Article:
The Ubud Writers’ Festival and Women of Letters have combined to create a digital space for people who want to write things to other things. This month’s theme is To my childhood, and as I am a Women of Letters stalker (the most exciting thing about signing my book deal was how it brought me minutely closer to ever being invited to one), I wrote this. You can submit your own letter here.
It is not your fault, what I’m about to tell you. It can’t be, surely, not with all of your bright parties and elbow-deep terracotta clay and seven cats like dwarfs. Not you, I am certain, with your summer holidays and your frilled-neck socks and your Sunday lunches in the hills.
It’s just that, childhood, I seem to have held on to the worst parts of you.
There was that space behind the wicker doors, in the room that used to be mum and dad’s room before it was my room (but before it was my brother’s room) that was made exactly for sitting. In the afternoons the sun came through in thick rods and I should have splashed in puddles on the carpet but I sat, instead, right in front of those painted doors, where someone had propped the painting of dad. The abstract painting, with just the one nipple and the smear of red even though his hair was black, then. Someone had propped it there and I sat in front of the doors and
It’s just that loneliness is the first emotion I can remember, childhood. Before happiness (though I must have felt it, from you, with your chocolate birthday cakes and nanna’s brown sugar scones) and before jealousy (though that must have been there too, with that bundle in the blue blanket and his tight little fists) and before love (though it was definitely there when we danced to The Beatles in the sunroom extension).
It’s my fault, not yours, but when I feel lonely now, as an adult, as a fully-fledged human, it is the same loneliness from the room with the sunbeams and the painting of dad in front of the doors.
And it’s definitely not your fault, childhood, because remember how mum and dad had a tab at the stationery shop on Kensington Road, and they believed me when I went there and said that yes, the office absolutely did need an enormous new sketchbook and eight black textas and a packet of those caramel lollies (though they were free anyway)? And then Kerryn took us to the movies and I spilled popcorn all over her car but she didn’t mind, and her hair was always perfect?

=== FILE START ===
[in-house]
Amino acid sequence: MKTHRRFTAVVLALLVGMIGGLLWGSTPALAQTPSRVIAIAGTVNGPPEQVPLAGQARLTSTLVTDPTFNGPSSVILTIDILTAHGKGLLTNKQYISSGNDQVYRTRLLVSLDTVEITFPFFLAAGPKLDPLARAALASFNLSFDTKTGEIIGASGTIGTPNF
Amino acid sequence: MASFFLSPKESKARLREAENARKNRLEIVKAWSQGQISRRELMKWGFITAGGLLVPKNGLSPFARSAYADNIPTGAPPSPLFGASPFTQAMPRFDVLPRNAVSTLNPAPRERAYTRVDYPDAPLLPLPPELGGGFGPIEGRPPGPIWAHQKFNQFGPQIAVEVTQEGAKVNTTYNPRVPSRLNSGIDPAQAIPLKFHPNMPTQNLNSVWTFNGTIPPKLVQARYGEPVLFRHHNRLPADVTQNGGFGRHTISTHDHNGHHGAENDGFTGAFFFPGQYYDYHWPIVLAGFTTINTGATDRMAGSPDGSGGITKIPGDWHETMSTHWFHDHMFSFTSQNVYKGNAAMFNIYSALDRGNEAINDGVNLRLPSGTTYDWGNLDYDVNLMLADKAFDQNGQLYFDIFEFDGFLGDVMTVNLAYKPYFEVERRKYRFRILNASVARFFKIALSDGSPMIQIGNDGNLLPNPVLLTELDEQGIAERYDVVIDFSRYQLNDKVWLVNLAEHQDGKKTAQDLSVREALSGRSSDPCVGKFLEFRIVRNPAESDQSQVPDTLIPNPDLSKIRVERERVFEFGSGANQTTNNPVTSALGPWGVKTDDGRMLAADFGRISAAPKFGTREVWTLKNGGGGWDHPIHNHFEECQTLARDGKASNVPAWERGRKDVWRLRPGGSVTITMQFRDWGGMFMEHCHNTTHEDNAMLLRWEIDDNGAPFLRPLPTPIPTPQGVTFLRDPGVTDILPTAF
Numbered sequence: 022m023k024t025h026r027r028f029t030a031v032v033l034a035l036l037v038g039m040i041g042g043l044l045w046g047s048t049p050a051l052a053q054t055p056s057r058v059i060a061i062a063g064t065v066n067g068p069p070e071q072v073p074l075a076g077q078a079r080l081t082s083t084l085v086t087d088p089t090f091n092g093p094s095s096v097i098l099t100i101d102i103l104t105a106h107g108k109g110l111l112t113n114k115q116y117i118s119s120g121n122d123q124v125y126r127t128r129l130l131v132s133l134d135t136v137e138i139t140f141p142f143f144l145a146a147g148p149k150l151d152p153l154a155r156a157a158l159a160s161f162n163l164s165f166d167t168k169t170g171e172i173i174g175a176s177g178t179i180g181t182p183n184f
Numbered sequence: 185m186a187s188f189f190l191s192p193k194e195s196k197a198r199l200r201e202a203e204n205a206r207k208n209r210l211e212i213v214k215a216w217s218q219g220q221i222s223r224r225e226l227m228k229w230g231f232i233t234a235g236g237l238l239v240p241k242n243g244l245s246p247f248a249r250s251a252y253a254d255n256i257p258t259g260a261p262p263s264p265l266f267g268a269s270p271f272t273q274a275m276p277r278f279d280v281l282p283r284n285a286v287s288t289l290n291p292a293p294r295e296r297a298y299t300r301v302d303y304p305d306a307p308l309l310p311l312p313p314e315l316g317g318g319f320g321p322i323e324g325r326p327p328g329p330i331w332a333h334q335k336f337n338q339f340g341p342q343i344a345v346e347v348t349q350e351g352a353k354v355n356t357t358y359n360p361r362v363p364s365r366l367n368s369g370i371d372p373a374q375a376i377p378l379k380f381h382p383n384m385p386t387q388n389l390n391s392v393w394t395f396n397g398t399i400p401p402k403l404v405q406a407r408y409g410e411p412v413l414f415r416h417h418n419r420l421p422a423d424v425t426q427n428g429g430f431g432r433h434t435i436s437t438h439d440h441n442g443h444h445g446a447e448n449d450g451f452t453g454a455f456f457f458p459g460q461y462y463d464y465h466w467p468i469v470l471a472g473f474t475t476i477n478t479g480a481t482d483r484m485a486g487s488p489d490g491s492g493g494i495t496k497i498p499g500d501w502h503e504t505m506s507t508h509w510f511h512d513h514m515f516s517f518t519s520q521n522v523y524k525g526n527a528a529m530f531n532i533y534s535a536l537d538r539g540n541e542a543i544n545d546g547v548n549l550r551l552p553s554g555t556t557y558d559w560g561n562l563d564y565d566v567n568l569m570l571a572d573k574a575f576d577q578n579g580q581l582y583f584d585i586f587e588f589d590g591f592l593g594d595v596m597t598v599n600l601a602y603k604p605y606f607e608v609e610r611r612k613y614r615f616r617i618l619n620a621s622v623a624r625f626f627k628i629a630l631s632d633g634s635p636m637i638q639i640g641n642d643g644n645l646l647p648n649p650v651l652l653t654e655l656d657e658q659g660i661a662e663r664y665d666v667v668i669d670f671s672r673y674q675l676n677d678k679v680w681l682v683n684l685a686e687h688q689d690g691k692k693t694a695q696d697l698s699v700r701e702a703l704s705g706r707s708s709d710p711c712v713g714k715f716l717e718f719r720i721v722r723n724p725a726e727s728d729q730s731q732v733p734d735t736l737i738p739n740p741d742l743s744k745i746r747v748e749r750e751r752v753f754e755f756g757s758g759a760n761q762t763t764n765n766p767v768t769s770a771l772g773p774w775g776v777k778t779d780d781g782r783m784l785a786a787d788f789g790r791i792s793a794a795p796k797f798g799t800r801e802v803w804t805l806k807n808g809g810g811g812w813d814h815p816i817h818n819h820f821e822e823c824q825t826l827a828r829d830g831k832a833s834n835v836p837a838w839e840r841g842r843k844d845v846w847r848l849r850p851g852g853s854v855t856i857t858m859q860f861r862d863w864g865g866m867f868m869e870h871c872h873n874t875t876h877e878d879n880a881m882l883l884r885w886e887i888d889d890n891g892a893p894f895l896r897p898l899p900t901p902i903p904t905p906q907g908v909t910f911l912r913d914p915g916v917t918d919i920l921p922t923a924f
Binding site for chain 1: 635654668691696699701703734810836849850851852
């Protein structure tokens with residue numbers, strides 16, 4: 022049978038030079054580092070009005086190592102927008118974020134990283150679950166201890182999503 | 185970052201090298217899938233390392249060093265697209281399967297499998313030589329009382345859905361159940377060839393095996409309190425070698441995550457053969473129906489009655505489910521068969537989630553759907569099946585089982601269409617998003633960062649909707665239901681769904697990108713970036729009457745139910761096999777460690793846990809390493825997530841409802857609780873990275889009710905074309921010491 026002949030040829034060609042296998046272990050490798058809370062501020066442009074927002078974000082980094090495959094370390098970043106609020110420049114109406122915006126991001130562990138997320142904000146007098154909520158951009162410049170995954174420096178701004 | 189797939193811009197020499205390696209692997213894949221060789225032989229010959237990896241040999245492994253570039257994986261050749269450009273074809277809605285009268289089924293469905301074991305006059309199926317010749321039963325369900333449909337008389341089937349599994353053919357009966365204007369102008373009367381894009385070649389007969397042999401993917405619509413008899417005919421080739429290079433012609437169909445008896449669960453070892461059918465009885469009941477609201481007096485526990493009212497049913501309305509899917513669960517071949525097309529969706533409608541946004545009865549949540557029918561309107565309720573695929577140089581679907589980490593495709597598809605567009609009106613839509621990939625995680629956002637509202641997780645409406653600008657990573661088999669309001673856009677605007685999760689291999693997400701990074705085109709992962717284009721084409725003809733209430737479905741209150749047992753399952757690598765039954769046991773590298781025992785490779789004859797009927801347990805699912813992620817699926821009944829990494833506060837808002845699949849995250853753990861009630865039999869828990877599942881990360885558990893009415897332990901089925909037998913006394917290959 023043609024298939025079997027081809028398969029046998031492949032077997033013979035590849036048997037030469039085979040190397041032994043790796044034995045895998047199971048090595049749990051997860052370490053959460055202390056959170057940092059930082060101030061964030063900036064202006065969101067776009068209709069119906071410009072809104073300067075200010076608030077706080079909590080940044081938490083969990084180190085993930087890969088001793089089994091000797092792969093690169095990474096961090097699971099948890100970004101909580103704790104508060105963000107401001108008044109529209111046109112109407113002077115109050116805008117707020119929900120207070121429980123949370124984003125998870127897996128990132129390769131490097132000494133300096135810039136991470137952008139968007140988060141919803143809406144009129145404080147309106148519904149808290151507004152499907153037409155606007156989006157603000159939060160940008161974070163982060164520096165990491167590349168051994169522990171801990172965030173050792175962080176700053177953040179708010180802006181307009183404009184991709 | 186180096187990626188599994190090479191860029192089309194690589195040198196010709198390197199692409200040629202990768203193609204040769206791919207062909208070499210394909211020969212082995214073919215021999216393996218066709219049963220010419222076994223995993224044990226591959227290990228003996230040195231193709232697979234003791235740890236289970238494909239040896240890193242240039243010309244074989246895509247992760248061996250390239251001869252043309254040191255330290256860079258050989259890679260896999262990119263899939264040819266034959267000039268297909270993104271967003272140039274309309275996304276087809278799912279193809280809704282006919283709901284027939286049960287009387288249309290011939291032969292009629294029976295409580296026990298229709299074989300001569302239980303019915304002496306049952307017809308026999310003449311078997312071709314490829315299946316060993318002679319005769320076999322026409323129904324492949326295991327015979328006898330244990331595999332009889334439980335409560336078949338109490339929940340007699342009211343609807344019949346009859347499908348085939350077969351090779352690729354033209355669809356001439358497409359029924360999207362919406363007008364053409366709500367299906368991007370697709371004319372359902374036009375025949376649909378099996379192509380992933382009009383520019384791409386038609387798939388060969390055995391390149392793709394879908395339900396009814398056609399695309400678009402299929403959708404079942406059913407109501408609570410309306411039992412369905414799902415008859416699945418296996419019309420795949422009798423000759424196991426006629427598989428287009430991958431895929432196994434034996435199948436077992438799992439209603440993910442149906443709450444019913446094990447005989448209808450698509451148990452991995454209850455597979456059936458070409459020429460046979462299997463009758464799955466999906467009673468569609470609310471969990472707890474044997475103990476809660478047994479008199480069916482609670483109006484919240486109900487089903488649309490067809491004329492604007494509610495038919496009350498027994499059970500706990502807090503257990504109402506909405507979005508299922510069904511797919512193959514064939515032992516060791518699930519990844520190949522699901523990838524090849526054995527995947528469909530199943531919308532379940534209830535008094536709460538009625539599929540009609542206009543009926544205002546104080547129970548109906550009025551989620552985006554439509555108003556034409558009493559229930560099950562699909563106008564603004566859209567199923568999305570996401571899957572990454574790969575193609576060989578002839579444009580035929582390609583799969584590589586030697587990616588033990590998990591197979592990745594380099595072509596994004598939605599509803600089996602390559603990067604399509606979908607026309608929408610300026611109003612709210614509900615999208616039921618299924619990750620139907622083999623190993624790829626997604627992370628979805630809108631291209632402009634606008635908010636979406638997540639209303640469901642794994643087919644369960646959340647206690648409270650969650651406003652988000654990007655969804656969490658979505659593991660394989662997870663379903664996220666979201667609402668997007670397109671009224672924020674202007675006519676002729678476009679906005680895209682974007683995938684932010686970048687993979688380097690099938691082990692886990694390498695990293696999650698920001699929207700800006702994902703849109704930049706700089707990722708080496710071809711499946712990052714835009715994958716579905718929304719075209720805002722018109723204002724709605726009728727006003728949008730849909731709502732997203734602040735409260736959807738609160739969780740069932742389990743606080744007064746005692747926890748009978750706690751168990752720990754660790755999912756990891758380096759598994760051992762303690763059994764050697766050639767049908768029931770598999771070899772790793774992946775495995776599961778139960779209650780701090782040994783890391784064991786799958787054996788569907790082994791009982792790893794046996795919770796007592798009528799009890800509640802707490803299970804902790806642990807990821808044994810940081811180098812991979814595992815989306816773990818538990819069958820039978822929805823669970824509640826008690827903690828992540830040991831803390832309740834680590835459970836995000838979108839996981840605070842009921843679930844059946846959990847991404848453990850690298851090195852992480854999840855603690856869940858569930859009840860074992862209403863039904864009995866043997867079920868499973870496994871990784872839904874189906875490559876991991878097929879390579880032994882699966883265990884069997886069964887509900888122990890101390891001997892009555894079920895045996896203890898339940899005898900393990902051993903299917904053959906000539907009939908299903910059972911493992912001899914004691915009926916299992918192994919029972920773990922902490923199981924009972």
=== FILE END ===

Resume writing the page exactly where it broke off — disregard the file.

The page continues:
But there was that other time when I hinted all year at a Lady Lovely Locks, but when the time came and I unwrapped all the presents, there was just a dollhouse hand-crafted by a man in a giant rocking horse, and a pair of My Little Ponies with personalised necklace beads, and no Lady Lovely Locks at all.
And now — and this is my fault — when I am disappointed as a grown up, as a person with a car loan and a red electricity bill, it feels exactly the same.
But it can’t be your fault because remember when I played the grandma in Stone Soup, and my own grandma came to the concert and dad videoed it, and I remembered all my lines and afterwards we went home and watched it again straight away on the TV? And dad remembered which cords connected to which other cords, and we sat on the brown couch and mum took a photo of my toes?
So it’s not your fault.
It’s just that there was that time in the corridor after maths, when the other kids were at lunch and it was just me and Hugo, and didn’t he look like Shane Warne? and I had worn the same shirt for three days. And he had one of those old compasses with rust on the end and he didn’t like that I was crowding his space with my B.O. and my fatness and he thought it might help everyone if he took that compass and stabbed me with it. Just in the classroom, where I had nearly finished my maths homework.
And it’s totally not your fault, but there was that other time when I was sitting in the car with dad, and he was taking me to Jane’s party, which was a surprise party, and when we pulled up he said, If you’re always like this, one day no one will like you.
And then there was that one day, and it was clear and sunny in the way only an Adelaide spring day can be, and I walked across the basketball courts and did a lay-up and picked a bit of yellow blossom and then went to the chaplain’s office and told him I wanted to die?
None of this is your fault, childhood.
I just wanted you to know.